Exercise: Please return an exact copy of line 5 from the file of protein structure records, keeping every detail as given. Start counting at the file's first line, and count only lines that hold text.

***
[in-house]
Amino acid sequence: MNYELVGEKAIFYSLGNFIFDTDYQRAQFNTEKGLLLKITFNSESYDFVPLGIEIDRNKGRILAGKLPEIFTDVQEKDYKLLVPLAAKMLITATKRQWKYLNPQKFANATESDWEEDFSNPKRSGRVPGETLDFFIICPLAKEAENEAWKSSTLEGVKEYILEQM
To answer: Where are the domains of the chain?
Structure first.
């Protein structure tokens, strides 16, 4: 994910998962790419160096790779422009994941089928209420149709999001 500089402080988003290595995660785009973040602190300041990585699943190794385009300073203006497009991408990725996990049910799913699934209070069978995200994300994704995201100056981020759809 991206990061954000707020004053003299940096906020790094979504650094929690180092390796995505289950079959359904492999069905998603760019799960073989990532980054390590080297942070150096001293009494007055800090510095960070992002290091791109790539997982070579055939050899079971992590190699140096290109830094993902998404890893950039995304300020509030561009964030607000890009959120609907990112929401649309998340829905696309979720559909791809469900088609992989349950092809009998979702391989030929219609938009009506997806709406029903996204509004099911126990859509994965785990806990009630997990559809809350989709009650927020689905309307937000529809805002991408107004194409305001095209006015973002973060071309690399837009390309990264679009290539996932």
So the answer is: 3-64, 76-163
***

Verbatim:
């Protein structure tokens, strides 16, 4: 994910998962790419160096790779422009994941089928209420149709999001 500089402080988003290595995660785009973040602190300041990585699943190794385009300073203006497009991408990725996990049910799913699934209070069978995200994300994704995201100056981020759809 991206990061954000707020004053003299940096906020790094979504650094929690180092390796995505289950079959359904492999069905998603760019799960073989990532980054390590080297942070150096001293009494007055800090510095960070992002290091791109790539997982070579055939050899079971992590190699140096290109830094993902998404890893950039995304300020509030561009964030607000890009959120609907990112929401649309998340829905696309979720559909791809469900088609992989349950092809009998979702391989030929219609938009009506997806709406029903996204509004099911126990859509994965785990806990009630997990559809809350989709009650927020689905309307937000529809805002991408107004194409305001095209006015973002973060071309690399837009390309990264679009290539996932």